Chapter 2

Our records show that Christian Nauman was caretaker and carpenter of the church as early as 1763. He was born in 1704 and died in 1773. His tombstone has an unusual epitaph around its edge. A stonemason carved various carpenters tools onto the tombstone including a broadax, square, and compass. A picture of his tombstone is among our historical records.

The cemetery, which is directly behind the church and consists of approximately 2.3 acres, is divided into three sections, the oldest starts just South of the Memorial Board listing the names of the people buried there and runs North to the end of the upper parking lot. The second oldest section runs from the Memoria] Board South toward Steuben Road to about 200 feet from the band shell. The third section, with the gravestones still standing, runs from the end of the upper parking lot North to the beginning of the baseball field. A total of 2,024 people are buried in the cemetery. In 1975 all of the gravestones in the first two sections were removed because of deterioration and for safety reasons. A new memorial was erected listing all the names, date of birth and of all the burials. The first burial in the cemetery in 1769 and the last in April, 1953.

The cemetery was surrounded by a stone wall built in 1840 at a cost of $682.79 and 1/2 cents. Because of deterioration sections of the wall were removed in early 1989. The last section is at the rear of the cemetery and can be seen from the upper parking lot.

The congregation worshiping in the Dryland Church believed in holding funeral services in the Church. After a short service at the deceased's home, the funeral procession moved toward the church. A good neighbor would sometimes transport the coffin in a common vehicle or sleigh. The most common was to hitch four horses to a conestoga wagon, into whose spacious body the coffin was placed, while the nearest relatives sat around it on chairs. It was not until the middle of the second quarter of the nineteenth century that a hearse was first seen at our church. Jacob Boram was in possession of the first hearse in this vicinity. It was a rectangular box curved at the top and covered with black cloth around the lower part of the wagon. The hearse had springs, but no side glass or ornamentations.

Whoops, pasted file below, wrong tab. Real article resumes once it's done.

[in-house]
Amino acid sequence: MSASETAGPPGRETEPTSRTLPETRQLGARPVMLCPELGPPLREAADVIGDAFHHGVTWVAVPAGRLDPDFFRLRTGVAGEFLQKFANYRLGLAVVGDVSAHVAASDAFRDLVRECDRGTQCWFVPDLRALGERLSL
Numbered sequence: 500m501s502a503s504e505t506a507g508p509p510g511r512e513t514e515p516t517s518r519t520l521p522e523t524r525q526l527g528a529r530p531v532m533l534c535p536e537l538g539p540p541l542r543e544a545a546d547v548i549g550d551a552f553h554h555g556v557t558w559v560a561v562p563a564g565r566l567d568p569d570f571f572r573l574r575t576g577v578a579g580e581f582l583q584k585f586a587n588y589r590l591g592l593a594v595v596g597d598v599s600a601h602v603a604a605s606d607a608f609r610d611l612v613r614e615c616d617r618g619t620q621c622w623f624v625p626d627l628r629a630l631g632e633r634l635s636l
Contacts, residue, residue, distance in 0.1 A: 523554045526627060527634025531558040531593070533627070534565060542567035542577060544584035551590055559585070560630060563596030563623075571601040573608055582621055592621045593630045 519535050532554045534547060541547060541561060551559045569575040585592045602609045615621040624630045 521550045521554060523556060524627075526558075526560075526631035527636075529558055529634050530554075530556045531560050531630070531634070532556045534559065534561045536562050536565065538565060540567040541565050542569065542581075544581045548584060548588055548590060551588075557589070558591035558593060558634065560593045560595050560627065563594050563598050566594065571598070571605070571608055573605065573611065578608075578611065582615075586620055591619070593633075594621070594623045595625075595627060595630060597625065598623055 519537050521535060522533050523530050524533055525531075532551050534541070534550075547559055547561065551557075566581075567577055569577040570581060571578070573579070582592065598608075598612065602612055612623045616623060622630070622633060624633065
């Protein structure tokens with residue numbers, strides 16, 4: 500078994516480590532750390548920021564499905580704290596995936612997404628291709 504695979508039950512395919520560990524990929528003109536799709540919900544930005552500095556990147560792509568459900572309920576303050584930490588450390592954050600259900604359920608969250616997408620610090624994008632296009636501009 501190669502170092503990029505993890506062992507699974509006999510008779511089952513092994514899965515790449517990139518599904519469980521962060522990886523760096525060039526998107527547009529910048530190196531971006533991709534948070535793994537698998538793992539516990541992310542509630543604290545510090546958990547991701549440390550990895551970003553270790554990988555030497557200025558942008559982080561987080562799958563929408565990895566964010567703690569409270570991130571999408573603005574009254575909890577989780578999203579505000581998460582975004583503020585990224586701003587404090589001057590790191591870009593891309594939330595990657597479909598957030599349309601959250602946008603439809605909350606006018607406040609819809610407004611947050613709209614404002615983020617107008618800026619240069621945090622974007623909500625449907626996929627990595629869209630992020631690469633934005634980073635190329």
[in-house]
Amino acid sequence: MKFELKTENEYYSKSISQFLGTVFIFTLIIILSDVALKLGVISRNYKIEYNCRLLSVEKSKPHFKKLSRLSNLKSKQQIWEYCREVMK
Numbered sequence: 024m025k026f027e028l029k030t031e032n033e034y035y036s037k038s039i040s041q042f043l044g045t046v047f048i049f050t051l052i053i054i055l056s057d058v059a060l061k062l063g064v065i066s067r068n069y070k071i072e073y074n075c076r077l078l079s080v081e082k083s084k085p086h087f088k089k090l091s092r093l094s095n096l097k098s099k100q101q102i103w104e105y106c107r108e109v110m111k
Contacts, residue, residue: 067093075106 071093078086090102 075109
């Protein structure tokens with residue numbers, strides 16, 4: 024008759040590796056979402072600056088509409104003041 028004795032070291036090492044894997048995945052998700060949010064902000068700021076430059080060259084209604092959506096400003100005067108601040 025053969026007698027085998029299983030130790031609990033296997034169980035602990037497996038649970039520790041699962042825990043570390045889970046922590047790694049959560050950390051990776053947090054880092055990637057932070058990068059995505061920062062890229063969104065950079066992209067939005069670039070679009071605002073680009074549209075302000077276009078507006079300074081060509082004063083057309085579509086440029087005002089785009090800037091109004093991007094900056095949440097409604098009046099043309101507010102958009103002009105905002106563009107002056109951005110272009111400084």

In 1844, the congregations began a movement to purchase their own hearse. Members contributed all the way from 10 cents to one dollar and twenty-five cents. On the title page of the subscription book it states that those members whose names are not marked with a cross refused to contribute toward the project. All the members who contributed toward the purchase of the hearse could use it free of charge in case of a funeral in the family. Those who refused to contribute or people not belonging to the church paid one dollar for its use. It was the duty of the janitor of the church to clean the hearse after the funeral for which he received twenty-five cents.

The most unusual event involving the old graveyard was when a hot air balloon landed on it on July 3, 1931 at 6:30 p.m. It was flown on an overnight flight from the U.S. Naval Air Station, Lakehurst, New Jersey. When the balloon landed, pigeons were released and arrived back at Lakehurst before the two balloonists. When the balloon was inflated for take-off it flew over the church and dropped on a tall cedar tree. Lieutenant Kentworthy asked for someone to climb the tree and release the balloon. A young lad by the name of George Bartron climbed the tree and released the balloon. However, the balloon was not able to continue its flight and Frank F. Heller hauled the balloon to the Nazareth Freight Station for the trip back to the U. S. Naval Station. A few days latter, George Bartron received a thank you letter from the Lieutenant.